I wouldn’t expect to be required to pay for a ticket to attend the new expansion team’s home games for the first few months of the season. Marketing the new club through different media sources, significant ticket giveaways and offering tangible incentives in the local community to attend, should far outweigh any short term revenue.

I would expect to see jumping castles, affordable club merchandise for sale, great multicultural food and game day entertainment like we have never seen before. Maybe even throw in a flying sauce bottle or two.

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Having a considerable number of spectators in attendance without an intricate or perhaps even a basic understanding of the game is not undesirable. Reciprocal memberships with local clubs in other codes would be a terrific way to get some bums on seats in the early stages of the season.

A partnership between South Melbourne and St Kilda would be a nice snug fit, as would a southern Sydney expansion deal struck between the Cronulla Sharks and the new entity. The potential of a link between a new Brisbane team and the Broncos is a mouth-watering thought for the A-League.

Showing the sports fan what an A-League game looks and feels like would never be as easy as in the early days of expansion. Giving away free tickets and claiming massive interest has been done before and while met with some cynicism, it grabs headlines.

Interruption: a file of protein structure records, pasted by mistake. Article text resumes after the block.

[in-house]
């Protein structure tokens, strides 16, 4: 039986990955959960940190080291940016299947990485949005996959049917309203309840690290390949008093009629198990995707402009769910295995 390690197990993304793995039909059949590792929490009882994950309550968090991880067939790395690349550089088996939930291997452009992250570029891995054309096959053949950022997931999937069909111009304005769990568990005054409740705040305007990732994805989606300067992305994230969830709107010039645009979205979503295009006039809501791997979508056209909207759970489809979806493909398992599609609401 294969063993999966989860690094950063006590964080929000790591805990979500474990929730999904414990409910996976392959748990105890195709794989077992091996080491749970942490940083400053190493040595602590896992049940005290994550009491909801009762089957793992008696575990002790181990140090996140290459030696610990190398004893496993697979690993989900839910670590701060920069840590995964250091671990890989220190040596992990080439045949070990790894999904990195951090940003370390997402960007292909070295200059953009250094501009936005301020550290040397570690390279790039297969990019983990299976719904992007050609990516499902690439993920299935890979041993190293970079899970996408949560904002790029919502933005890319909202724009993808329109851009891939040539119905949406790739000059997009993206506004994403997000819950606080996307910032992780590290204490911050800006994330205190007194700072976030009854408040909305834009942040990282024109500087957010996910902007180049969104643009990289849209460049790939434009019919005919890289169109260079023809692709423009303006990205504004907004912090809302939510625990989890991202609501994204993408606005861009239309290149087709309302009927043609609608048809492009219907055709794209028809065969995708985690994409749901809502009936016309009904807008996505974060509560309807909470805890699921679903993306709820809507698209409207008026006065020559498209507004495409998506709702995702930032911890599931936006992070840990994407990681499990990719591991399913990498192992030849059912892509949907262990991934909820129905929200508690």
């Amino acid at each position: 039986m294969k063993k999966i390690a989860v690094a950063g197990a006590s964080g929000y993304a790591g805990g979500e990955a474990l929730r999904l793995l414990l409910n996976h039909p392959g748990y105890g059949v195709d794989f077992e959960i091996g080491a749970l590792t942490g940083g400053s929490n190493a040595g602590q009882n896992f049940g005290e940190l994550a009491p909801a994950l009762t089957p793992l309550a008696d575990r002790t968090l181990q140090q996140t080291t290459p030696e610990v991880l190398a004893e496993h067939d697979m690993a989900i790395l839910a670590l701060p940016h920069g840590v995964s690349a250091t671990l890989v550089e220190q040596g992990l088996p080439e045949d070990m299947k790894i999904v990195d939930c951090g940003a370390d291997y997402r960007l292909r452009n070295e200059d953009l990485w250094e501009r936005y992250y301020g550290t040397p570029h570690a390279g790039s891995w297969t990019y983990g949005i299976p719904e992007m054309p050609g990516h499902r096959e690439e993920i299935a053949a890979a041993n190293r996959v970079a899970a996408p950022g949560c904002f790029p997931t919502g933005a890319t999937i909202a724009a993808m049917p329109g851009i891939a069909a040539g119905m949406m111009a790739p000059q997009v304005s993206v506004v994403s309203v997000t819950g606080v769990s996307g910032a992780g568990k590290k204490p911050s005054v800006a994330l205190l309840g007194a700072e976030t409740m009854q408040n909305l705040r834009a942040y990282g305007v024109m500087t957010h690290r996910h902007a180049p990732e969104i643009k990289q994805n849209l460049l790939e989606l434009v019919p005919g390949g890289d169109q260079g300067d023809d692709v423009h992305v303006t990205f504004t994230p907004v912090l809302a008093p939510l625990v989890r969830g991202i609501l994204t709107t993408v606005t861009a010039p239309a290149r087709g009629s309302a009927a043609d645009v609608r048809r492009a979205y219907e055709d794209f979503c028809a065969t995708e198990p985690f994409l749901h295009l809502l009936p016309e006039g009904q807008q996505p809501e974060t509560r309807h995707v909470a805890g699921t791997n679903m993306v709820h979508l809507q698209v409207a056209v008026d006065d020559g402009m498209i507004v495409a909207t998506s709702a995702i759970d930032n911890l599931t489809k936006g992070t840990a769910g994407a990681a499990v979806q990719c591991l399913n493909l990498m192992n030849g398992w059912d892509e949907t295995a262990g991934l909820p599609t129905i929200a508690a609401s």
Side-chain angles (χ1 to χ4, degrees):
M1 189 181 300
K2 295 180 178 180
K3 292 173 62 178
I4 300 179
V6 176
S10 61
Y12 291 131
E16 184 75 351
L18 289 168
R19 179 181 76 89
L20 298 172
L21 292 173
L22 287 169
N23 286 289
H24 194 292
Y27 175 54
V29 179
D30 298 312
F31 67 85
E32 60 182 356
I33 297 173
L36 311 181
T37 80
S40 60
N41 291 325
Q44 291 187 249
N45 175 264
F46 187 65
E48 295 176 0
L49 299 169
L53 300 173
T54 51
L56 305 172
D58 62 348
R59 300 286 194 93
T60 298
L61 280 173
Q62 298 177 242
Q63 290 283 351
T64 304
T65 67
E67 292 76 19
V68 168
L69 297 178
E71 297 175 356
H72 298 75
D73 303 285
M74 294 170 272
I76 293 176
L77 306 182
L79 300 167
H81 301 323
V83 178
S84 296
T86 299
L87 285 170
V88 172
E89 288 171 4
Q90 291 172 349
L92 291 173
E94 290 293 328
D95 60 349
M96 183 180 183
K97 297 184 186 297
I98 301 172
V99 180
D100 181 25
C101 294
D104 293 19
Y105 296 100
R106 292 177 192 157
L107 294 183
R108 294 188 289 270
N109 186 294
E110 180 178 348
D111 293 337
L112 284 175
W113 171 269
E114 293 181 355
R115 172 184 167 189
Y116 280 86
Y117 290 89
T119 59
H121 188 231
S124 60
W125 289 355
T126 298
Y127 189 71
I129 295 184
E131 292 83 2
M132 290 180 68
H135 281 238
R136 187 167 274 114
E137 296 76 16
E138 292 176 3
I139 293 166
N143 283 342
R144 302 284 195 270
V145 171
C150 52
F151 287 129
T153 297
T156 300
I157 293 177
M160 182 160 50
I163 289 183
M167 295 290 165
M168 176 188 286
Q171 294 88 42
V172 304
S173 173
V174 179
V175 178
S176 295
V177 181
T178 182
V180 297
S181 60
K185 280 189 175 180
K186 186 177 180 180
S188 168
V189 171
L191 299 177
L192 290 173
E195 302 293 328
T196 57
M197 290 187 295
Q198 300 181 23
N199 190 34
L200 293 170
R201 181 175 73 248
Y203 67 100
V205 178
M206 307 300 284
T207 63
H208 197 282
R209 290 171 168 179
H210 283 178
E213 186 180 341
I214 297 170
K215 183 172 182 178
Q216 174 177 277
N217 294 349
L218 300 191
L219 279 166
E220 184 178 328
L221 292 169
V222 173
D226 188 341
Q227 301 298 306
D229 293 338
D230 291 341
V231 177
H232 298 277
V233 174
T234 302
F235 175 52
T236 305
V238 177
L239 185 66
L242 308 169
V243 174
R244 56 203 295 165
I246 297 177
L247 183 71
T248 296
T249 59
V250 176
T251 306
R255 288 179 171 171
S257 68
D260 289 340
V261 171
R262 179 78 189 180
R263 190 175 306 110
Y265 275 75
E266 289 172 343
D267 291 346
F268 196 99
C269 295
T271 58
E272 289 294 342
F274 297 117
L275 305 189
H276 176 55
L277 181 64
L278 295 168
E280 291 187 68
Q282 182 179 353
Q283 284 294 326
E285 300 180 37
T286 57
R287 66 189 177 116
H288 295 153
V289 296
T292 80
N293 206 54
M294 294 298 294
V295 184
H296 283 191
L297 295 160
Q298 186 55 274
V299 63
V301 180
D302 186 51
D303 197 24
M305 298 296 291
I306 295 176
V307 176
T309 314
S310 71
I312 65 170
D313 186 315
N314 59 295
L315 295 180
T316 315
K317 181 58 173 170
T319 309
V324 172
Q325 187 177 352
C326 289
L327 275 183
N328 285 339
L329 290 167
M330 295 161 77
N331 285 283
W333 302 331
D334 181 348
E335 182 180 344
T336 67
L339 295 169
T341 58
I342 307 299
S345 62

Offer existing club members of other professional teams, whether it be football or not, an A-League ticket in general admission seating for fifty dollars a season.

Full club memberships cost somewhat more than this and more devout followers of the game, excited about their new team. will take up this option. However, it would be foolish for the FFA to miss the opportunity to invest heavily and aggressively in the new markets.

With astute scheduling, the A-League season opens with a new derby. I don’t care in which city it takes place, but the new team must face its new enemy, unfortunately that’s what it will become, in week one or two. The team songs need not only to be written, they need to be well rehearsed, loud and provide an atmosphere to rival that of the visitors.

Sydney FC fans Football A-League Grand Final 2017

(AAP Image/Dean Lewins)

The match must be played on the home turf of the new boys, at night and if there aren’t dancers, pyrotechnics and multiple rocket launches hurling free gear into the crowd, then we aren’t taking expansion as seriously as we should.

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When the marquee thumps one home from twenty yards and sprints to the supporters behind the goal, I got goose bumps writing that, the new team will have arrived.

Watching a flat start for a new expansion team, with poor crowd numbers and little media interest just can’t happen. Football can’t afford it. The A-League can’t afford it.

When the time comes, do it right. Give them a quality squad, a marquee name, a solid front office and do everything to make them noticeable.

Incentivise to lure people in, make the experience memorable, cheap and fun. Attack families and kids. Give away jerseys and create a new excitement.

As successful as the A-League has been in its short life, the sense that the pioneer days are over gets stronger. The inevitability of expansion is scary, intimidating and fraught with danger.

Lets just hope that we the inevitable does happen, that we do it big and do it right.